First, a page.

- Kerosene has been used by humans for centuries.
The first written account of using a distillation process to produce kerosene were written by famous scholar called Muhammad ibn Zakariya al-Razi, who lived in Ancient Persia (modern day Iran) in the 9th and 10th centuries CE. Razi was a poet, philosopher, physician, and alchemist, who dedicated much of his life to his scholarship. His Kitab al-Asrar, or Book of Secrets, contained two methods for producing Kerosene. The production of kerosene for lamp fuel was popularised across China during the Ming Dynasty from around the 13th century onwards.
- The world uses 1.2 million barrels of kerosene per day.
Although kerosene is not as common in use for lighting and heating in homes as it has been in the past, many homes that are reliant on kerosene still exist in the UK, and we produce and use an incredible amount of it as a species. On average, the world consumes 1.2 barrels of kerosene every single day, which equates to 54 million gallons, or 246 million litres. When a single fuel tanker only holds around 36,000 litres, that’s an insane amount of kerosene being used around the world each day!
- People have been known to use kerosene as a pesticide…
In the past, kerosene has been popular as a pesticide, even on the human body! Kerosene was commonly used to kill head lice, but this method is (somewhat obviously) no longer recommended by any health professionals! The risk to burns is too great when using fuels like kerosene. It has also been used to kill bed bugs, and can be layered atop stagnant water to kill mosquitos and other larvae that sit on the surface.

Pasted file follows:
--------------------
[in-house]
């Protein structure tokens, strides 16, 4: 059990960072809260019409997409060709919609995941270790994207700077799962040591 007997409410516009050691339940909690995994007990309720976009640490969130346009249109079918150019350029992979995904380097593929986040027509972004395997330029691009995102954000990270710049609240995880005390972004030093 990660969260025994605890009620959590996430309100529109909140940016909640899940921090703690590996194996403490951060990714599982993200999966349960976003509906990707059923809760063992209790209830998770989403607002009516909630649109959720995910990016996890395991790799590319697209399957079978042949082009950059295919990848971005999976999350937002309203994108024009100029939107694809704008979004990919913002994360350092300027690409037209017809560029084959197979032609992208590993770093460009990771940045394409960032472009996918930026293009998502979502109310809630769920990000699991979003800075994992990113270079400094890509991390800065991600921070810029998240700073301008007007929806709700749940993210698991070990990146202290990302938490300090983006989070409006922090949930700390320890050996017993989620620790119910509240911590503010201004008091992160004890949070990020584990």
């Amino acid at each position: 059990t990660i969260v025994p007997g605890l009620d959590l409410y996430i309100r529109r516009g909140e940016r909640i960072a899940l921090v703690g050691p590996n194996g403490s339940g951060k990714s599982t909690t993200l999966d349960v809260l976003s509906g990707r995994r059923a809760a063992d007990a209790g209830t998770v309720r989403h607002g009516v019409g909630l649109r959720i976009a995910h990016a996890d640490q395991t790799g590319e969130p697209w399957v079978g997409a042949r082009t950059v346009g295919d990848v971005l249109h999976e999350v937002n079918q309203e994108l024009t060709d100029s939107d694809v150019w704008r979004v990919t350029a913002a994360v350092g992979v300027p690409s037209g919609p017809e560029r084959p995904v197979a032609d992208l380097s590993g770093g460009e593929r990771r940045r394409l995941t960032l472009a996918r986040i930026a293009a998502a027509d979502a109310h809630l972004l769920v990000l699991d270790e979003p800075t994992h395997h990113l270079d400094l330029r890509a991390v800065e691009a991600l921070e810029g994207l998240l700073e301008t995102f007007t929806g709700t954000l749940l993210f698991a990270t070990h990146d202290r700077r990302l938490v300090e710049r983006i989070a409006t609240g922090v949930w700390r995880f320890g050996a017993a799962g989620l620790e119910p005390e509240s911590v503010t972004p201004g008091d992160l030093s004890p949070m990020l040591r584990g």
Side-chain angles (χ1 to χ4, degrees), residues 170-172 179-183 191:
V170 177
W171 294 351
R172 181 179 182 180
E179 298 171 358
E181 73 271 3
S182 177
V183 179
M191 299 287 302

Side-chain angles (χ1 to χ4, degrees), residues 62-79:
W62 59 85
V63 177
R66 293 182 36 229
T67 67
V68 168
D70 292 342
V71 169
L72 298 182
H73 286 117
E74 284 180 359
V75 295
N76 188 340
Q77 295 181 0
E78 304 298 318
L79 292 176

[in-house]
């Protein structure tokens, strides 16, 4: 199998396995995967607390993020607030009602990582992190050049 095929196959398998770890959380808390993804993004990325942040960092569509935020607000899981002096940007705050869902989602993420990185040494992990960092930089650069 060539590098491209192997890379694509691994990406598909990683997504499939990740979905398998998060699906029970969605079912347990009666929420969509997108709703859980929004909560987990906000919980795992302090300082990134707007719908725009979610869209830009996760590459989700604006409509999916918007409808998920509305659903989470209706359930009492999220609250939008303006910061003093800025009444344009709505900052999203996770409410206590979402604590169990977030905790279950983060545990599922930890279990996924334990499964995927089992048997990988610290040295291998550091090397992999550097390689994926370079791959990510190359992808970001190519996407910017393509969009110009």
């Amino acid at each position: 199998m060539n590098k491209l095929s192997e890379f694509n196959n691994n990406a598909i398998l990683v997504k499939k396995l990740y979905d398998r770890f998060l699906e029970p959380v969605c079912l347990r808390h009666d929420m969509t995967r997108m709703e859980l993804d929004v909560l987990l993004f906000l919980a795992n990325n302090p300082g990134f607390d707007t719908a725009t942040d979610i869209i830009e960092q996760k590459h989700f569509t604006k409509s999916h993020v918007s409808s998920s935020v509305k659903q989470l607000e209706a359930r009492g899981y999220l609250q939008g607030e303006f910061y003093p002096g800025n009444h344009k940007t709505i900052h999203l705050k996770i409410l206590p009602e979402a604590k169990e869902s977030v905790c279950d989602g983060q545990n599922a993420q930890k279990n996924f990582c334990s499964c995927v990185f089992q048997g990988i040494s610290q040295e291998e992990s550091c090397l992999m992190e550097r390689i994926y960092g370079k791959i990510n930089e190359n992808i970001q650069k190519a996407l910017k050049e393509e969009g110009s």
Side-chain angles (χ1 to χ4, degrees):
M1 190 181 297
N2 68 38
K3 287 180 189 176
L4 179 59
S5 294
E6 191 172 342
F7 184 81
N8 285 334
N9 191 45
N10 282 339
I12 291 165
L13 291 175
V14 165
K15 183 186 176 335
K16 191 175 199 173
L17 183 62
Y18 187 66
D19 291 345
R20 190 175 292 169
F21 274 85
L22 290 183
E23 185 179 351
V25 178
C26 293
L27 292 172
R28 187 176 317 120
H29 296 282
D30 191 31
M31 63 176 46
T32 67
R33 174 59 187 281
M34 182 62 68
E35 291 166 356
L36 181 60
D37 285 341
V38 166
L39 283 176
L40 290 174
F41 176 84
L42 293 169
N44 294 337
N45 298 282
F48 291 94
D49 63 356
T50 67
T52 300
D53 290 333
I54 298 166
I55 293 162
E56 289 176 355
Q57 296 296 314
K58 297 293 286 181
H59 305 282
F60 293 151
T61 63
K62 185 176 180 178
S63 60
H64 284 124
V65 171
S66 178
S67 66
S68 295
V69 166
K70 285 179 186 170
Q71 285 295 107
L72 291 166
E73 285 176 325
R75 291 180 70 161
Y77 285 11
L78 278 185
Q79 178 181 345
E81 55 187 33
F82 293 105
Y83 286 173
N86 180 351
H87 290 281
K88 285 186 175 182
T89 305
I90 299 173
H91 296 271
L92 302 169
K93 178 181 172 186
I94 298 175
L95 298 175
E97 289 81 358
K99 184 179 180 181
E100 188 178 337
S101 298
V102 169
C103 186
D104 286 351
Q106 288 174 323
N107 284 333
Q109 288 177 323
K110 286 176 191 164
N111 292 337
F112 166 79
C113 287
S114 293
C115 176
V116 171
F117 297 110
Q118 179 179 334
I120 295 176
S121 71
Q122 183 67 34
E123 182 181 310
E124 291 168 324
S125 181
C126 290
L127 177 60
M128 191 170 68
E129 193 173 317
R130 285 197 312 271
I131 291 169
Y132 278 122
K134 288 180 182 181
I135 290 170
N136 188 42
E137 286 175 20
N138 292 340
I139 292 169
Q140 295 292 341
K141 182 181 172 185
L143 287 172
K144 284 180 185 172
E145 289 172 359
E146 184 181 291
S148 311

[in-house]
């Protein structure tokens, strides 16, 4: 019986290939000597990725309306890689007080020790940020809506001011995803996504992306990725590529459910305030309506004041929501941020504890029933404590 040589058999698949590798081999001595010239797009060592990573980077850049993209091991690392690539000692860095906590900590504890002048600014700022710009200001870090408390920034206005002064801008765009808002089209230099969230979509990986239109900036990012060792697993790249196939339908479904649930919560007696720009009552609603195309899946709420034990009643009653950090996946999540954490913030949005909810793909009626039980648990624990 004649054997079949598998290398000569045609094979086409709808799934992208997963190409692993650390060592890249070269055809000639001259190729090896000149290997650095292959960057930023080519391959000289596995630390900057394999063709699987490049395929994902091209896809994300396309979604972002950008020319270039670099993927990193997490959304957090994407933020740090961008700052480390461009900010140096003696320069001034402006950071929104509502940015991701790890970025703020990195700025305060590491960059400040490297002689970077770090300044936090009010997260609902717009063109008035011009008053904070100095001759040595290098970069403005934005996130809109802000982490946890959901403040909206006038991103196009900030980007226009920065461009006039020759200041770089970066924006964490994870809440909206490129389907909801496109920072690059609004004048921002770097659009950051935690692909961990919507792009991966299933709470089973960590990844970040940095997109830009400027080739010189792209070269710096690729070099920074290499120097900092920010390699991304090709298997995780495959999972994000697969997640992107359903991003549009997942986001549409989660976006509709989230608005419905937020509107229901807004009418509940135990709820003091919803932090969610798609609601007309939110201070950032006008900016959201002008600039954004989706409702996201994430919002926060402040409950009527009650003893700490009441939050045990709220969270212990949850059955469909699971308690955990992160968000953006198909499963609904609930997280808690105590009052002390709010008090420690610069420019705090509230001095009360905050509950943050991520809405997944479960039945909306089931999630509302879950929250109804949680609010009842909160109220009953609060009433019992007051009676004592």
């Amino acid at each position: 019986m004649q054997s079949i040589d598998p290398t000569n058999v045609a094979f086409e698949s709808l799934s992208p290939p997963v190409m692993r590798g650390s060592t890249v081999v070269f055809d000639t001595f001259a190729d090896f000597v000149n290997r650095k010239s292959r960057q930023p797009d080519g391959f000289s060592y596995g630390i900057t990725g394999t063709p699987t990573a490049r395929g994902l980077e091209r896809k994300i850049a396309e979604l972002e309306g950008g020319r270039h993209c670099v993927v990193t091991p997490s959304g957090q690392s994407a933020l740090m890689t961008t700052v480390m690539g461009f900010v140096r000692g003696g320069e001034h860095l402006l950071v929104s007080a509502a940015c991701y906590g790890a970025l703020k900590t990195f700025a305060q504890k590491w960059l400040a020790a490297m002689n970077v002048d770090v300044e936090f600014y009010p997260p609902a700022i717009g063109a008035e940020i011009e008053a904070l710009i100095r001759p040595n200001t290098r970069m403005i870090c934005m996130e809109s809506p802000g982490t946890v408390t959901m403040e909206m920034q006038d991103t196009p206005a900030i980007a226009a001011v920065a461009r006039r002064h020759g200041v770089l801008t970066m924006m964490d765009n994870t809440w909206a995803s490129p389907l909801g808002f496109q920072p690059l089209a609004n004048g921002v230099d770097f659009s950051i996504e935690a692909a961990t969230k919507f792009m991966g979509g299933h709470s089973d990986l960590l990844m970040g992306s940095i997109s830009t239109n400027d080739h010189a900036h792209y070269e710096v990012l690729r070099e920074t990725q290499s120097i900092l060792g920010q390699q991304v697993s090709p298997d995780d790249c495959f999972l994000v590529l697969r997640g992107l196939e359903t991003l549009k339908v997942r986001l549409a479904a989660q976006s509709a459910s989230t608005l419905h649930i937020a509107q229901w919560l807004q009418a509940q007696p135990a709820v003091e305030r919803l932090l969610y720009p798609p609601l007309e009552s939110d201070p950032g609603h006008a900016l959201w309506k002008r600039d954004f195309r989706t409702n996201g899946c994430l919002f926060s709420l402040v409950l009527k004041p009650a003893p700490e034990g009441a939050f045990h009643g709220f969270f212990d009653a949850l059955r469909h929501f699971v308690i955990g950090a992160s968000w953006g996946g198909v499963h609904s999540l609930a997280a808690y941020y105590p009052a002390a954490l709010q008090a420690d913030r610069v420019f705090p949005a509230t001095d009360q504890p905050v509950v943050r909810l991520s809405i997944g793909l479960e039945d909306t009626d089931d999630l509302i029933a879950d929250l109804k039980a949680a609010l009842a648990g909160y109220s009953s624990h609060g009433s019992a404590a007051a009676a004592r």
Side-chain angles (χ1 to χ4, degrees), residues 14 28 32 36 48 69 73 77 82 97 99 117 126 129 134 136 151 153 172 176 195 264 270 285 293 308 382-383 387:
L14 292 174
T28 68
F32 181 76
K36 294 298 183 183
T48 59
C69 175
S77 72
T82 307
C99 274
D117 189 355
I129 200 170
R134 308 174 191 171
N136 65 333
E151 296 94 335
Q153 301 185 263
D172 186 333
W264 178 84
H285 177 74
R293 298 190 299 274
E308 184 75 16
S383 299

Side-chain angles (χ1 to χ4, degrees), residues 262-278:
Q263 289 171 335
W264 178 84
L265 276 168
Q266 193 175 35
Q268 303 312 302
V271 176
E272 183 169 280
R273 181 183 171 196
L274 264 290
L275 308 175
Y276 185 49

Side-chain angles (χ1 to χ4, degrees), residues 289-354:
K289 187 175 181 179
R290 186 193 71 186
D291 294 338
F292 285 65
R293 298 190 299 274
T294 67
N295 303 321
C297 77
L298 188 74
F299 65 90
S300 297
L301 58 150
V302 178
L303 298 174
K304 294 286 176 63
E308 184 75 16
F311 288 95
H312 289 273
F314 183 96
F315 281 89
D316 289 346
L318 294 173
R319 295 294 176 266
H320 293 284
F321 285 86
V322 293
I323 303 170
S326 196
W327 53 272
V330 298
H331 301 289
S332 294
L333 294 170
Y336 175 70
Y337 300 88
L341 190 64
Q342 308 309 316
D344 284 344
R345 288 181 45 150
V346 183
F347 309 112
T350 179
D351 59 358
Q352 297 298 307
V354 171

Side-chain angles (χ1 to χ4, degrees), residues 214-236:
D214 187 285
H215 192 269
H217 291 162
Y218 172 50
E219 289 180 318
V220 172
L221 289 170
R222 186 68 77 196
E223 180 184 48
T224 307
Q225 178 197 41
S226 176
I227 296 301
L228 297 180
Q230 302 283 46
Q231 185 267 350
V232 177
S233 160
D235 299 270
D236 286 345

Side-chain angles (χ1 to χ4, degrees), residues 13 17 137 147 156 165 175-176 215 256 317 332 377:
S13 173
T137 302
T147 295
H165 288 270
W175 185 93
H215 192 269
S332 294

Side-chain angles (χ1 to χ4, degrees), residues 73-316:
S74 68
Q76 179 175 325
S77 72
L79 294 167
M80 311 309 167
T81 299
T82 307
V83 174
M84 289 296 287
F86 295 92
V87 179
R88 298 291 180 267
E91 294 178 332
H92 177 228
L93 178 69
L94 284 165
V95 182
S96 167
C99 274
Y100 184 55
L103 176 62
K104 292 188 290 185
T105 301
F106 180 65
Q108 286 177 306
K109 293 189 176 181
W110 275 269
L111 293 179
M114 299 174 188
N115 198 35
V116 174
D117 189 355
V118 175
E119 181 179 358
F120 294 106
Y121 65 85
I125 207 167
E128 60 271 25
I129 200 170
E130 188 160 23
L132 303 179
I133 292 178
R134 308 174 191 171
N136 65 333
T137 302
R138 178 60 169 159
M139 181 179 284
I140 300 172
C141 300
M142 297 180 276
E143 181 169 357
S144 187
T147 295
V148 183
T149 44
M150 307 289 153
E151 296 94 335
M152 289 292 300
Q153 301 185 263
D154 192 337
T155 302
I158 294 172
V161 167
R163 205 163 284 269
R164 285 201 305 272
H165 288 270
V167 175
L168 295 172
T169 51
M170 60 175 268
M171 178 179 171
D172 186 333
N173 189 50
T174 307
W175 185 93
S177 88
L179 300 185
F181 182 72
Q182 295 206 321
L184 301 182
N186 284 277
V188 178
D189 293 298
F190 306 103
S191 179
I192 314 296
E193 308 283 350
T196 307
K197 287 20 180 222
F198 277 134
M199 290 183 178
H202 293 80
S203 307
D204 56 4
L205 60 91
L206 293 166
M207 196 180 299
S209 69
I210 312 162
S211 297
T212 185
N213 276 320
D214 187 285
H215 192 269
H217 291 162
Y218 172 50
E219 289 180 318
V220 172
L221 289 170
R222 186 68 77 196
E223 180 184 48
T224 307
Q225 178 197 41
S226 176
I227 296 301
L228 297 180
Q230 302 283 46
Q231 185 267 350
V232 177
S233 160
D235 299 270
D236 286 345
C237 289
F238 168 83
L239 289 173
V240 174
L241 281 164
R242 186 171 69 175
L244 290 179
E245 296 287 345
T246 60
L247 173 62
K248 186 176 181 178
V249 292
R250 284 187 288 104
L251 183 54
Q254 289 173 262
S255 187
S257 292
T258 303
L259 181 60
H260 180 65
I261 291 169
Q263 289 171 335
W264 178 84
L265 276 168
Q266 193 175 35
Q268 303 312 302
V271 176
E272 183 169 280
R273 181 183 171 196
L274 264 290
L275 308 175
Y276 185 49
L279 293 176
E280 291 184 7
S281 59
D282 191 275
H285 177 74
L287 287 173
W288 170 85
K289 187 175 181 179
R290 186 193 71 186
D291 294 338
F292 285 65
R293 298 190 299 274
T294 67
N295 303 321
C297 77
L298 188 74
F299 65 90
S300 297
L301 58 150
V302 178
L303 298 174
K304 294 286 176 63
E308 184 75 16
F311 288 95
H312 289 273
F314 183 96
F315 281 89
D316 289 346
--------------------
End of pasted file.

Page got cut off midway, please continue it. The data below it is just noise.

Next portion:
- …and as a cleaning agent
Kerosene is excellent at breaking down grease and oil, making it ideal (although still very dangerous) for certain cleaning purposes. Cleaning the lubricant off the chain of a bike before relubrication and removing black, burned-on grease inside ovens are both common applications of kerosene’s grease—busting properties!
- Kerosene is popular in the entertainment industry.
Kerosene is very popular in the entertainment industry for its use in pyrotechnics and fire displays such as fire breathing, fire poi, and fire staffs. Kerosene is an ideal consistency to ensure that it will soak thoroughly into the material and won’t flick off into the audience when alight!